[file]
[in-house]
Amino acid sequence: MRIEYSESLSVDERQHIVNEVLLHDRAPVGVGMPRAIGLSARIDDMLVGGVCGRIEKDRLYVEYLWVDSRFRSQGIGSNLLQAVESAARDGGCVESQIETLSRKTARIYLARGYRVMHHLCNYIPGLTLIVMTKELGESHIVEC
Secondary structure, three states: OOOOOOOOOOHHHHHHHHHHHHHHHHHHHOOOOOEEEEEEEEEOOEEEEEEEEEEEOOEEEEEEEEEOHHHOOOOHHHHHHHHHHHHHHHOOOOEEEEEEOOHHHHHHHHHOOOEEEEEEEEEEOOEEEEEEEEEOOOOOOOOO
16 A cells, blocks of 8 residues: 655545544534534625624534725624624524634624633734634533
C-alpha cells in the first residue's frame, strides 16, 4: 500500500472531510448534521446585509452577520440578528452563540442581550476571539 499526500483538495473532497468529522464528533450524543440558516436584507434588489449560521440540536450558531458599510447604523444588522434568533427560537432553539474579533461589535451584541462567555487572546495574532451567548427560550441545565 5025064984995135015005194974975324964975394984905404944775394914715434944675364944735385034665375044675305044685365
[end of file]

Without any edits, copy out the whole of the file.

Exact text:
[in-house]
Amino acid sequence: MRIEYSESLSVDERQHIVNEVLLHDRAPVGVGMPRAIGLSARIDDMLVGGVCGRIEKDRLYVEYLWVDSRFRSQGIGSNLLQAVESAARDGGCVESQIETLSRKTARIYLARGYRVMHHLCNYIPGLTLIVMTKELGESHIVEC
Secondary structure, three states: OOOOOOOOOOHHHHHHHHHHHHHHHHHHHOOOOOEEEEEEEEEOOEEEEEEEEEEEOOEEEEEEEEEOHHHOOOOHHHHHHHHHHHHHHHOOOOEEEEEEOOHHHHHHHHHOOOEEEEEEEEEEOOEEEEEEEEEOOOOOOOOO
16 A cells, blocks of 8 residues: 655545544534534625624534725624624524634624633734634533
C-alpha cells in the first residue's frame, strides 16, 4: 500500500472531510448534521446585509452577520440578528452563540442581550476571539 499526500483538495473532497468529522464528533450524543440558516436584507434588489449560521440540536450558531458599510447604523444588522434568533427560537432553539474579533461589535451584541462567555487572546495574532451567548427560550441545565 5025064984995135015005194974975324964975394984905404944775394914715434944675364944735385034665375044675305044685365